Explicit Conversions Using the Convert Commands 84

Complex Variable Types 86

Enumerations 87

Defi ning Enumerations 87

Structs 90

Defi ning Structs 90

Arrays 92

Declaring Arrays 93

foreach Loops 95

Multidimensional Arrays 96

Arrays of Arrays 97

String Manipulation 98

Summary 102

CHAPTER 6: FUNCTIONS 105

Defi ning and Using Functions 106

Return Values 108

Parameters 109

Parameter Matching 111

Parameter Arrays 111

Reference and Value Parameters 113

Out Parameters 115

Variable Scope 116

Variable Scope in Other Structures 118

Parameters and Return Values versus Global Data 120

The Main( ) Function 121

Struct Functions 123

Overloading Functions 124

Using Delegates 125

Summary 128

CHAPTER 7: DEBUGGING AND ERROR HANDLING 131

Debugging in Visual Studio 132

Debugging in Nonbreak (Normal) Mode 132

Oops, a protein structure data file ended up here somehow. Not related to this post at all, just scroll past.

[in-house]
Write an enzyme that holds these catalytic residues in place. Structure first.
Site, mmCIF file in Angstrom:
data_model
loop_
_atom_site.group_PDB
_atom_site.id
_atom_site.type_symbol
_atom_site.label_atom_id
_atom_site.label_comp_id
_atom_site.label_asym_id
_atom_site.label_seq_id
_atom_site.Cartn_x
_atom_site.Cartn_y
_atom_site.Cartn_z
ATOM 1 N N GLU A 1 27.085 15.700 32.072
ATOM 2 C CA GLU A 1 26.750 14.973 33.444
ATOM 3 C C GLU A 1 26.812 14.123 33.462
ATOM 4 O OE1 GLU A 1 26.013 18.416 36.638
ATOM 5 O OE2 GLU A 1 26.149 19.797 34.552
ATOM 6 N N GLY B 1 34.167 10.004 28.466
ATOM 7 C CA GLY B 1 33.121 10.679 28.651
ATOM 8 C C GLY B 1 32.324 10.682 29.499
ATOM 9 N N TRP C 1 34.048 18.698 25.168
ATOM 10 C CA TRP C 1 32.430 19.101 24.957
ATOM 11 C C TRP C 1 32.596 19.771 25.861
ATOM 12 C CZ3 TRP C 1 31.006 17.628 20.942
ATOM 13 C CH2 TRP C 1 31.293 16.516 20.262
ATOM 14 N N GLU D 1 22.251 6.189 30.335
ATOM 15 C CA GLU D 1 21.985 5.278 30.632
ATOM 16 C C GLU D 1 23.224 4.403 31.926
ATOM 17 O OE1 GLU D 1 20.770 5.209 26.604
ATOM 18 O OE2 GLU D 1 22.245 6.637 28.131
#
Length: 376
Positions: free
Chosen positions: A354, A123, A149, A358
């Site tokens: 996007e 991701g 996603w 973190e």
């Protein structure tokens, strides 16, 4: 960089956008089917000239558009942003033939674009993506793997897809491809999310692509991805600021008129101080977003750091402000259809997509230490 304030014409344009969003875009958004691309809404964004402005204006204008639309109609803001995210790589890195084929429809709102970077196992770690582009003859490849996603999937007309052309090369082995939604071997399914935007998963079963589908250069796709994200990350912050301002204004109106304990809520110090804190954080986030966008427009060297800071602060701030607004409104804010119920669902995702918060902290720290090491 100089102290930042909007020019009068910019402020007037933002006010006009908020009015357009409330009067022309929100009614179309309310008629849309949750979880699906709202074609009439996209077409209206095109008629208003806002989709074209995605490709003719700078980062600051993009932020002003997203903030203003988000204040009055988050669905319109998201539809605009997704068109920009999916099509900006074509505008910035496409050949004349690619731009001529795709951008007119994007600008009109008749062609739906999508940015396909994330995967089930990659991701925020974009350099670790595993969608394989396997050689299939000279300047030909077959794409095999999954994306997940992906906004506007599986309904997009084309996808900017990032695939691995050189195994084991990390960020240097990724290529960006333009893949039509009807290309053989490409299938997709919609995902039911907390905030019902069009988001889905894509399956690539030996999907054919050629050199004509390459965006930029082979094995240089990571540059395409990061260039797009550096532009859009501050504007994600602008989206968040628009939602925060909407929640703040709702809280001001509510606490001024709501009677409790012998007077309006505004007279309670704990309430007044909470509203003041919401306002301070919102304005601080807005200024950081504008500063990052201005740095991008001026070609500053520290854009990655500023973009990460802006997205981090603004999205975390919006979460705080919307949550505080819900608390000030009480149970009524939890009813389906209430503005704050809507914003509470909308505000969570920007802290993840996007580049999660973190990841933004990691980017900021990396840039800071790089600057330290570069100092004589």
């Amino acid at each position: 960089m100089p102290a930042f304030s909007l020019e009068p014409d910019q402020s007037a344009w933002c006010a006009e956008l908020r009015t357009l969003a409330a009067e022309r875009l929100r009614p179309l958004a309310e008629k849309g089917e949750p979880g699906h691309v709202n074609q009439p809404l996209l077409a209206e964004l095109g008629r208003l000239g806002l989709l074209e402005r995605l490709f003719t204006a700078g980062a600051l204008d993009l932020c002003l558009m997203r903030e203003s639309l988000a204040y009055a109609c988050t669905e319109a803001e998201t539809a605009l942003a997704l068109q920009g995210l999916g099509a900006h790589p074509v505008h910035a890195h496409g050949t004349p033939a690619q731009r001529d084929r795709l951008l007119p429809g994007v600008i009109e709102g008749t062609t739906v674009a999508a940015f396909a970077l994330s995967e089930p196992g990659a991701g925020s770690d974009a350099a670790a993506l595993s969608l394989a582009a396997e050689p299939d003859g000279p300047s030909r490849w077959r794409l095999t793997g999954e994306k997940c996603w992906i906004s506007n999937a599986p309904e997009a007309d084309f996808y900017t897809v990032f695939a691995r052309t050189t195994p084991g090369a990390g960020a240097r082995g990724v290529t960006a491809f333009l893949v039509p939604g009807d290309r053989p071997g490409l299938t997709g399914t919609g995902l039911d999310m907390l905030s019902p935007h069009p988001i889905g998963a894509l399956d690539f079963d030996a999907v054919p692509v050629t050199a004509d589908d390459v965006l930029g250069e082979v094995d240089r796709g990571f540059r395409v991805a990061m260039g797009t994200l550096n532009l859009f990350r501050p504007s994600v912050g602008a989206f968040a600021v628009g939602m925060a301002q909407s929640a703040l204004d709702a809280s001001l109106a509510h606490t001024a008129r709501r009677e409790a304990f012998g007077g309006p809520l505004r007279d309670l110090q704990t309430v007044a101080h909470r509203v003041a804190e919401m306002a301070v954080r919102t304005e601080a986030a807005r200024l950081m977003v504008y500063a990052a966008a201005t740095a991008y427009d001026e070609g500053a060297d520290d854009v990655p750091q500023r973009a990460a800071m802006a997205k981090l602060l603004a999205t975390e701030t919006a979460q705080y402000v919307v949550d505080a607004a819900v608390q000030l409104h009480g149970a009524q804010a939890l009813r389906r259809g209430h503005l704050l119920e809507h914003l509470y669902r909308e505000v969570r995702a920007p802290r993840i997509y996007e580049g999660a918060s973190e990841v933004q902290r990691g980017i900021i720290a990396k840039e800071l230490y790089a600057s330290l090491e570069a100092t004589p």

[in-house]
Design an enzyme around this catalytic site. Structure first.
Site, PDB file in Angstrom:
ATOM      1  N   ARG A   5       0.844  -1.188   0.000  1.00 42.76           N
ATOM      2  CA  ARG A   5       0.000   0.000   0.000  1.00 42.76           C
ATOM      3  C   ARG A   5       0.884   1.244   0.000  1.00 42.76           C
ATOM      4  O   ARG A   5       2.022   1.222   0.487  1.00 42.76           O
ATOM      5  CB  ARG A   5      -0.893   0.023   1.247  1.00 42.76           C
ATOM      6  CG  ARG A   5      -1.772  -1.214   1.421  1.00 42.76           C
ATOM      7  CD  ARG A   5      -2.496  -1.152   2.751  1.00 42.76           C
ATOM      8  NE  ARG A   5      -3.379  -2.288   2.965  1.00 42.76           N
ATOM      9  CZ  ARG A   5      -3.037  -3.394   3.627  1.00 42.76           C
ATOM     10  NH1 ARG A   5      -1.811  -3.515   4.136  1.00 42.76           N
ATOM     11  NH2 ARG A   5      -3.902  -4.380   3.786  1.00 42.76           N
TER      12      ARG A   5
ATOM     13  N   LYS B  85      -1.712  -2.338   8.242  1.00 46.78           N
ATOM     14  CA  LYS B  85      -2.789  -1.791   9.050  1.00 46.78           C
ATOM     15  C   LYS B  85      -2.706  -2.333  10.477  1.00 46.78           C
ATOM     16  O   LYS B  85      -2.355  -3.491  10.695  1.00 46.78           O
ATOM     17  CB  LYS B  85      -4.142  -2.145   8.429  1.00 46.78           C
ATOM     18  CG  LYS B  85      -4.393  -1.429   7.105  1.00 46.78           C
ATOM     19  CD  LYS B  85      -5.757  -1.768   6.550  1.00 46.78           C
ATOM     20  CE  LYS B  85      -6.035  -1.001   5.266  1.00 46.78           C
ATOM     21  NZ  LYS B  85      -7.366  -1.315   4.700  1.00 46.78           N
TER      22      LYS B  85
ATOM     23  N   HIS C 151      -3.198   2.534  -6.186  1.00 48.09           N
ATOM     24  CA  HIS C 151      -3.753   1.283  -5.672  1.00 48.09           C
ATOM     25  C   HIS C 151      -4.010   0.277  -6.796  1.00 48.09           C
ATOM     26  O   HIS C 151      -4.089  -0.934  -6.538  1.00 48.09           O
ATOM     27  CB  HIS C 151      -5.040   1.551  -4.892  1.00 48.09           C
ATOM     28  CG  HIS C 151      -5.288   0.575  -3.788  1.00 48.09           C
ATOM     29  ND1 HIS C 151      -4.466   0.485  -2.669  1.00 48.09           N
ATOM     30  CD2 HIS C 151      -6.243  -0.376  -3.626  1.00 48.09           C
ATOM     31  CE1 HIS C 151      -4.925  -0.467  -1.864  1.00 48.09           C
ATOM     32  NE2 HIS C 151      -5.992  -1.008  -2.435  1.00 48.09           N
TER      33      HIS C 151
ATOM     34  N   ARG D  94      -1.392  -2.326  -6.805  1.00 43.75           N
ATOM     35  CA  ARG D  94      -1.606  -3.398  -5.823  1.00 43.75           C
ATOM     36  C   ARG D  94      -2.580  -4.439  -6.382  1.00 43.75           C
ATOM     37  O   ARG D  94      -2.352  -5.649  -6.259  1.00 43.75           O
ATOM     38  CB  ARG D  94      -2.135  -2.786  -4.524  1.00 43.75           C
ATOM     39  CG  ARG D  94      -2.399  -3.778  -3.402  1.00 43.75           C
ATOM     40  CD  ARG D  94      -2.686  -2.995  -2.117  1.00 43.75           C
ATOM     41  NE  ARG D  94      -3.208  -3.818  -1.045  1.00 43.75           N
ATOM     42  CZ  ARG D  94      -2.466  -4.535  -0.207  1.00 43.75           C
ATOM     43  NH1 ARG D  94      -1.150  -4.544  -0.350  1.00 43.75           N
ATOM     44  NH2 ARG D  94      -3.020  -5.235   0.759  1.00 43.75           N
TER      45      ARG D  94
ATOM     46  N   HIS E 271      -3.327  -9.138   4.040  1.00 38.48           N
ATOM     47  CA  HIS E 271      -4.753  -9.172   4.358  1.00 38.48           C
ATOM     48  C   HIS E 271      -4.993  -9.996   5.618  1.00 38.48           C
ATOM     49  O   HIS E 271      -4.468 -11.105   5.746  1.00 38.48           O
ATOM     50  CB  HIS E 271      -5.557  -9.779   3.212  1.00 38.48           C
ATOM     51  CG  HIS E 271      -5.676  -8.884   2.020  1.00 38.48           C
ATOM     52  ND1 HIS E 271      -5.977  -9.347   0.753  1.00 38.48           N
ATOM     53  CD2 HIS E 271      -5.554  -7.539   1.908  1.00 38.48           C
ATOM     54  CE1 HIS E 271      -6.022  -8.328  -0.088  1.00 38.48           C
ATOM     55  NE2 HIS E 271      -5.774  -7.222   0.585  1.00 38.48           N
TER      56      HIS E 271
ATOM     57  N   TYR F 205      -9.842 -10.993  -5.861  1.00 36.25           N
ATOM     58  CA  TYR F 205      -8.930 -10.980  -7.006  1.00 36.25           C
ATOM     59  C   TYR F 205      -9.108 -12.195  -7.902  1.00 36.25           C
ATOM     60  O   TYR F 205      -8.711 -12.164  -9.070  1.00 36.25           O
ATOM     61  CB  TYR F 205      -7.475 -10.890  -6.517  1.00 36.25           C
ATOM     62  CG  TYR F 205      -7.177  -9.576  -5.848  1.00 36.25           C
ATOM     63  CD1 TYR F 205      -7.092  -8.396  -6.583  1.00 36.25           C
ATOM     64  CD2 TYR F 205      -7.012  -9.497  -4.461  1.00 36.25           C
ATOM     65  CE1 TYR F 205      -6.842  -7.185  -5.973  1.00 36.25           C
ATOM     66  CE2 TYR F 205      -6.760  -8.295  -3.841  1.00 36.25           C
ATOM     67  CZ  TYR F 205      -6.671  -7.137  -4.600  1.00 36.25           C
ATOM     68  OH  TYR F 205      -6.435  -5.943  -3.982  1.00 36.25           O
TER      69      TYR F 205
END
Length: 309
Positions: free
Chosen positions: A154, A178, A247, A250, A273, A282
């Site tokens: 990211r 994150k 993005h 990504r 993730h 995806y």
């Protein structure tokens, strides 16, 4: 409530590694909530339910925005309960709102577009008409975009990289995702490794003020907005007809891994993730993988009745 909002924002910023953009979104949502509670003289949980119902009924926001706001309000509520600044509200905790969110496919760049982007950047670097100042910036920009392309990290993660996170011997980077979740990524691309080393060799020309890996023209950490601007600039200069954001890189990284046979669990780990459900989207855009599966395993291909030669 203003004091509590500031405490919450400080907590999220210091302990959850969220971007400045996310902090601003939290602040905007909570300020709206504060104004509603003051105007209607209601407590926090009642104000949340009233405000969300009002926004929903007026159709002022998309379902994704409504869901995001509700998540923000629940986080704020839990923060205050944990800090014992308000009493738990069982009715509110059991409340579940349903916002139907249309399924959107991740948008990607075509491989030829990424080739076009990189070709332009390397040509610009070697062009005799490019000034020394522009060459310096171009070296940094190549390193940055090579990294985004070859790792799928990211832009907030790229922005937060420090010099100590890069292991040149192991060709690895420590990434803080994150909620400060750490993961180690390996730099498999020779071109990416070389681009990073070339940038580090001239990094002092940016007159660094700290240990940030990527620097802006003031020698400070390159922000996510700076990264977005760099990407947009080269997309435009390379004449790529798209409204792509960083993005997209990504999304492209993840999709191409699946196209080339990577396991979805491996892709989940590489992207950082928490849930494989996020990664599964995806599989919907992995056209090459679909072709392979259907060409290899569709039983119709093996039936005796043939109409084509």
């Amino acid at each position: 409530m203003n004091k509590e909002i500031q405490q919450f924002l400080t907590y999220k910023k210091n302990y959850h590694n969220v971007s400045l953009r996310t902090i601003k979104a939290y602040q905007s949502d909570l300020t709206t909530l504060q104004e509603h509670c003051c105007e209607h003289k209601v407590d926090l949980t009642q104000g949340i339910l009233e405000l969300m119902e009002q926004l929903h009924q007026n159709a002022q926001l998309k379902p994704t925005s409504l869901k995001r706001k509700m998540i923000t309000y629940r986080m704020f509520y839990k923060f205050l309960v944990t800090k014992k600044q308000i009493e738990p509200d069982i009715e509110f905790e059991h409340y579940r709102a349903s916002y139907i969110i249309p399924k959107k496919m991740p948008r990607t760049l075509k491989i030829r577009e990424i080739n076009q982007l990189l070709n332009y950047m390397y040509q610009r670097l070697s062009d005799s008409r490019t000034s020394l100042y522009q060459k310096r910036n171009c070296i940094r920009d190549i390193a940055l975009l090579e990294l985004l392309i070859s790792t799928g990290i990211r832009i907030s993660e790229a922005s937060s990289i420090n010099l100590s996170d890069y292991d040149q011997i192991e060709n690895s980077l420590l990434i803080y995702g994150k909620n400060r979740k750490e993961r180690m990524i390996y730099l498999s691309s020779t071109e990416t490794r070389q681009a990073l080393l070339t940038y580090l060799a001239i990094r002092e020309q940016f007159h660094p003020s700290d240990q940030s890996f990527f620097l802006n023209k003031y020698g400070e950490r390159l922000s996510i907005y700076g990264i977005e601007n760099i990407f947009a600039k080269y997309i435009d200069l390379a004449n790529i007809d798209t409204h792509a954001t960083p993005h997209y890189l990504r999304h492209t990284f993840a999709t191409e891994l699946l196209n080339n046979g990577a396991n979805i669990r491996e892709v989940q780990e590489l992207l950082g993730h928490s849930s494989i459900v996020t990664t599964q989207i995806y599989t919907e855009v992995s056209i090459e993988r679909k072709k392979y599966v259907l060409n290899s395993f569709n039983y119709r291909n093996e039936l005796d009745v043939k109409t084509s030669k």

Outputting Debugging Information 133

Tracepoints 137

Diagnostics Output Versus Tracepoints 139

Debugging in Break Mode 140

Entering Break Mode 140

Monitoring Variable Content 142

Stepping Through Code 144

Immediate and Command Windows 146

The Call Stack Window 146

Error Handling 147

try…catch…finally 147

Listing and Configuring Exceptions 152

Notes on Exception Handling 152

Summary 153

CHAPTER 8: INTRODUCTION TO OBJECT-ORIENTED

PROGRAMMING 157

What Is Object-Oriented Programming? 158

What Is an Object? 158

Properties and Fields 159

Methods 160

Everything’s an Object 161

The Life Cycle of an Object 161

Constructors 161

Destructors 162

Static and Instance Class Members 162

Static Constructors 162

Static Classes 163

OOP Techniques 163

Interfaces 163

Disposable Objects 164

Inheritance 165

Polymorphism 167

Interface Polymorphism 168

Relationships Between Objects 168

Containment 168

Collections 169

Operator Overloading 169

Events 170

Reference Types Versus Value Types 170

OOP in Desktop Applications 171

Summary 174

CHAPTER 9: DEFINING CLASSES 177

Class Defi nitions in C# 177

Interface Defi nitions 180